● Engineers feel comfortable with things they can prove, understand, explain, and predict. Also, they think realistically and fairly. Therefore, they are a little conservative. (Yes, I said a little and I stand by it.) It takes energy and courage to move into uncharted territory.
● Engineers are looking for someone who understands them and their ideas. They’re people too! They talk enthusiastically with such people, but they can feel uncomfortable talking with those who do not speak “engineer-ese”. You won’t often find an engineer in roles that rely heavily on communication, like sales. (Speaking of which, have you heard the one about the salesperson who…never mind.)
It’s time we embrace engineers! We have so much to give.
Engineers have the capacity and desire to contribute well beyond the parameters of engineering and what is typically asked of them.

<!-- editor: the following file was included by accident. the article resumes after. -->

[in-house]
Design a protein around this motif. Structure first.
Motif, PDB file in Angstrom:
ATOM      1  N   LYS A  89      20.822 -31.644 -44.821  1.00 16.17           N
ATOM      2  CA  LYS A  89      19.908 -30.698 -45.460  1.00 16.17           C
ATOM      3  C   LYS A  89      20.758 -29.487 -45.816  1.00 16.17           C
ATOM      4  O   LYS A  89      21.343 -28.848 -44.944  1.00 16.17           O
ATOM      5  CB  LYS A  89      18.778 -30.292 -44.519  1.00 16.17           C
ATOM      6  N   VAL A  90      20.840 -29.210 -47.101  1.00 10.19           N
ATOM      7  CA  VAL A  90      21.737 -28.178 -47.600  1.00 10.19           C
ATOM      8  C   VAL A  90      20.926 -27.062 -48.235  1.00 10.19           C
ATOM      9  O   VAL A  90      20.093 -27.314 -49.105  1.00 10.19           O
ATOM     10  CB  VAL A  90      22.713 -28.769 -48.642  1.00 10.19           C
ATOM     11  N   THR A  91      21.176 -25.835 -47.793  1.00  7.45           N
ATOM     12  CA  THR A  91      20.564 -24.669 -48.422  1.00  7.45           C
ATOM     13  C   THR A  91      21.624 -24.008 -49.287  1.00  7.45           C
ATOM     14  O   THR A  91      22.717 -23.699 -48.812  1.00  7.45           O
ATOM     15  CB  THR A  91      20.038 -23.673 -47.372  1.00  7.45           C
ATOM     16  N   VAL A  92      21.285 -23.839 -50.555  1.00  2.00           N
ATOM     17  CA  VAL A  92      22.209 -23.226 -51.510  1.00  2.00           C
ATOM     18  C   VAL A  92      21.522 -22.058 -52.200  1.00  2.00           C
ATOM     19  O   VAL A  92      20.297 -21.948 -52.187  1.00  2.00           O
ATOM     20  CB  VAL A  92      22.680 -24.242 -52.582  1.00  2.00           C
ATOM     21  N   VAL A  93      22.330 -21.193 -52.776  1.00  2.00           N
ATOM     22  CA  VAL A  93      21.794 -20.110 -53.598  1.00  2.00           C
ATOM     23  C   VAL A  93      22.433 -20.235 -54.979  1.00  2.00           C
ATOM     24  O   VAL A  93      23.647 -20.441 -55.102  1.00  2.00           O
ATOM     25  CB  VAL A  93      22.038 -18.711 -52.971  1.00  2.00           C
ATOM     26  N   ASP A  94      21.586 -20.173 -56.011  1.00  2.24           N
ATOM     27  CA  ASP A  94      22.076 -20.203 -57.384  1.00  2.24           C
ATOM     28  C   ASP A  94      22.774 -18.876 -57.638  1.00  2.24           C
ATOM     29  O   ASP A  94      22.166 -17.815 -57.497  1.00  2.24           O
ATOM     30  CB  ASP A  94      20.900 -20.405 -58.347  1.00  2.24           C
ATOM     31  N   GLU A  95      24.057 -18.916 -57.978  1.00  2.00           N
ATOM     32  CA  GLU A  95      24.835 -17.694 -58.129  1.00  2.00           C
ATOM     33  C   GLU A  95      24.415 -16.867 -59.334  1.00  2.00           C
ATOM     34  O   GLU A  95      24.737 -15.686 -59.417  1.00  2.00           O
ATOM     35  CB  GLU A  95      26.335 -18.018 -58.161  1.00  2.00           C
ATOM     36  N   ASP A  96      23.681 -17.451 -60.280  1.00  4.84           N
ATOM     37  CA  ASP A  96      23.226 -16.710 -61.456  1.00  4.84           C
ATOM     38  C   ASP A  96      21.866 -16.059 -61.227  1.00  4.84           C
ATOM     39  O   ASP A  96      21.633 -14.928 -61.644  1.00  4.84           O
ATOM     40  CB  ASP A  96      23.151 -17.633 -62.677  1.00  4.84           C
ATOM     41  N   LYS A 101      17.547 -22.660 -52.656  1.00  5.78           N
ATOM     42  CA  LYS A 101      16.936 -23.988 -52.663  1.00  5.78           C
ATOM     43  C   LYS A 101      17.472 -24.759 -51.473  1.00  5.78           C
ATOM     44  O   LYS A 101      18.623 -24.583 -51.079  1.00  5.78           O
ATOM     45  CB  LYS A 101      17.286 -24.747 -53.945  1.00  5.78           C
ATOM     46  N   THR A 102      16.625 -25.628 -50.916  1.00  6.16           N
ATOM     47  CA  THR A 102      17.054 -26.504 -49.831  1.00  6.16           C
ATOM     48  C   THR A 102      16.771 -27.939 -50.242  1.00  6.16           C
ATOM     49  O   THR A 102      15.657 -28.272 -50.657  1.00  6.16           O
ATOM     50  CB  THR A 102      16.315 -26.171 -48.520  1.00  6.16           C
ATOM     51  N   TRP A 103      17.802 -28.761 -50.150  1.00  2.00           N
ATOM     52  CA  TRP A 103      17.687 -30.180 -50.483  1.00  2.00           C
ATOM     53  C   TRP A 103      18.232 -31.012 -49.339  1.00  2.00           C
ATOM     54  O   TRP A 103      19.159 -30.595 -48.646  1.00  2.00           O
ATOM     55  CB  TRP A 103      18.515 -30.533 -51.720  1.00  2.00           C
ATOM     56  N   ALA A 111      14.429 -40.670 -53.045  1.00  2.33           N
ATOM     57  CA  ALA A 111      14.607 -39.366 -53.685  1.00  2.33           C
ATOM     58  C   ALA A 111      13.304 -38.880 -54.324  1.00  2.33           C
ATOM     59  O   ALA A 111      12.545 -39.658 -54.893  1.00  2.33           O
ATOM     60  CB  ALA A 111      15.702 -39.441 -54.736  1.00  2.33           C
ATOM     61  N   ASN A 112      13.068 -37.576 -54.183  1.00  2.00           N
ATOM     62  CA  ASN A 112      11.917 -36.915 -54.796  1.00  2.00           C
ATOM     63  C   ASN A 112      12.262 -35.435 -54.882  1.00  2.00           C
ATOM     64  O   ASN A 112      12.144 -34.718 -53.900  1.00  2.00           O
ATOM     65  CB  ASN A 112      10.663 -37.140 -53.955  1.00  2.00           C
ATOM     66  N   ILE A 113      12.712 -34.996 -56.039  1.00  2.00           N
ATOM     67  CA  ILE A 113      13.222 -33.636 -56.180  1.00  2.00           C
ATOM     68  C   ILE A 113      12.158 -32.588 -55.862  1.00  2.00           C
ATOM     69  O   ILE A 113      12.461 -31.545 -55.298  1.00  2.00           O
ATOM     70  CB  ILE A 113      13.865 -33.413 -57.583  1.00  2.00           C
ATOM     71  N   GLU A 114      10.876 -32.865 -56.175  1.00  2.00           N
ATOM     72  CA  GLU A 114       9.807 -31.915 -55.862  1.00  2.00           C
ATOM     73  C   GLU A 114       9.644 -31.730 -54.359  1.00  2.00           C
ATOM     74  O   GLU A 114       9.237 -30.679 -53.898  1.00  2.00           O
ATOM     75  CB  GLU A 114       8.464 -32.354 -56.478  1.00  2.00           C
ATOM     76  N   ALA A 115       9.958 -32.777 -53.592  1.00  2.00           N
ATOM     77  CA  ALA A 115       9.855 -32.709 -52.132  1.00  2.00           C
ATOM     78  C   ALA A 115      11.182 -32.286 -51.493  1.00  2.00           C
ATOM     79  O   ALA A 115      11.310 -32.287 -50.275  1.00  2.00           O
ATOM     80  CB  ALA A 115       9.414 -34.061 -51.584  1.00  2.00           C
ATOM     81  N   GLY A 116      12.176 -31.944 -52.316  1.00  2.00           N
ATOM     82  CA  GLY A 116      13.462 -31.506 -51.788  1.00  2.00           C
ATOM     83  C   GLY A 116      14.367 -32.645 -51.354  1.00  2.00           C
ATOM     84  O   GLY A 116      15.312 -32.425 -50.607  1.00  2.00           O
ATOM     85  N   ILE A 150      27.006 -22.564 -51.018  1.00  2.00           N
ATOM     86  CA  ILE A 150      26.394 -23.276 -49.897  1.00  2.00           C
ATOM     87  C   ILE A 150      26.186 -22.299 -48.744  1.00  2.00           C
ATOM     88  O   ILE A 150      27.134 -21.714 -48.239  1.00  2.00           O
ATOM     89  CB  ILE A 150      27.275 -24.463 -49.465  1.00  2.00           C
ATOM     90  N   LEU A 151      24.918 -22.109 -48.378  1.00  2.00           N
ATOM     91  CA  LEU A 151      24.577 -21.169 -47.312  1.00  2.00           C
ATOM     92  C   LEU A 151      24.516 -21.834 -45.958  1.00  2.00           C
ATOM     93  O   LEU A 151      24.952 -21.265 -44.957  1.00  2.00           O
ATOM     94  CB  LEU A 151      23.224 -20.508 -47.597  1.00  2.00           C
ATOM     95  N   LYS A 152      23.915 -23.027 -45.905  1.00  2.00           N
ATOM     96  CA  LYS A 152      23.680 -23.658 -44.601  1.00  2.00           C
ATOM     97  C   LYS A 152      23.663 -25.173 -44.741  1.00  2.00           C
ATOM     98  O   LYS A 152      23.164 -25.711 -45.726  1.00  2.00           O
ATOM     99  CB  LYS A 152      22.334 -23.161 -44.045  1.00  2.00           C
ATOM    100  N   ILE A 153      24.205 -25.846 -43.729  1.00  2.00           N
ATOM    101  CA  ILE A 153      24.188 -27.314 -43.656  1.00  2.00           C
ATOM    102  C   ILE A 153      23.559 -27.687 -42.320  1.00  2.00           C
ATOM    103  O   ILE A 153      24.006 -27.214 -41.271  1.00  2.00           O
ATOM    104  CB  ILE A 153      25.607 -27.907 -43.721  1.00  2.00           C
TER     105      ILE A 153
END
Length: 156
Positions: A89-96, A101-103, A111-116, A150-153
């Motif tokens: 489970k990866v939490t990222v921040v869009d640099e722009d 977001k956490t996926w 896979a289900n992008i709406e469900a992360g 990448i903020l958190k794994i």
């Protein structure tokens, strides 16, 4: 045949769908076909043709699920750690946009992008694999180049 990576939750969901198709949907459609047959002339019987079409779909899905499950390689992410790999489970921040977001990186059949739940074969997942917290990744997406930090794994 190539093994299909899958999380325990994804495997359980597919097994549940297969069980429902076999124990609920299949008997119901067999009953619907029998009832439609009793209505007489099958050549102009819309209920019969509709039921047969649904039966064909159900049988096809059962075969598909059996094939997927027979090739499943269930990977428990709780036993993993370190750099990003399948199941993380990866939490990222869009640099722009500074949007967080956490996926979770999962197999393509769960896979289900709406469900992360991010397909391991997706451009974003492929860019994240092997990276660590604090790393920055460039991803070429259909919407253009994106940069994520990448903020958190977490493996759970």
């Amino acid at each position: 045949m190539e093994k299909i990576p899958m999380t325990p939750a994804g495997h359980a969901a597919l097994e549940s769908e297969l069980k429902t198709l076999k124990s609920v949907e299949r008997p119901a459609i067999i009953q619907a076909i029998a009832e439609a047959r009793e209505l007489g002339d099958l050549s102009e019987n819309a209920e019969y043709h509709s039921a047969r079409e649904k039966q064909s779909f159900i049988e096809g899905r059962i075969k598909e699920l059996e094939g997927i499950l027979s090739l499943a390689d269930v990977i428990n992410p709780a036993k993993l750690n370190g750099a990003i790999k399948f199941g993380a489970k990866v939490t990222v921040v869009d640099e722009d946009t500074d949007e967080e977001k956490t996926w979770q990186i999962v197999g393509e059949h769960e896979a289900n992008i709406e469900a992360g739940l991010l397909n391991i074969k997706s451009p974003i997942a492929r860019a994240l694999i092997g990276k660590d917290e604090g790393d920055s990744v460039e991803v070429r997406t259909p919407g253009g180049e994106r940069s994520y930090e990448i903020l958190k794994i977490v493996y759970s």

Pressure, temperature, density, humidity, rotation speed, vibration, etc. These are parameters that engineers are familiar with. But why not leverage the engineering mindset when it comes to capital, value propositions, financial impact, financial models, business models, communication, etc.?
I propose that successful tech companies are already recognizing the potential and tapping into the contributions engineers can make to these parts of the business as well.
There were clues in those habits I listed. Did you see them? These are my tips for tech company leaders who want to get the most of their engineering resources: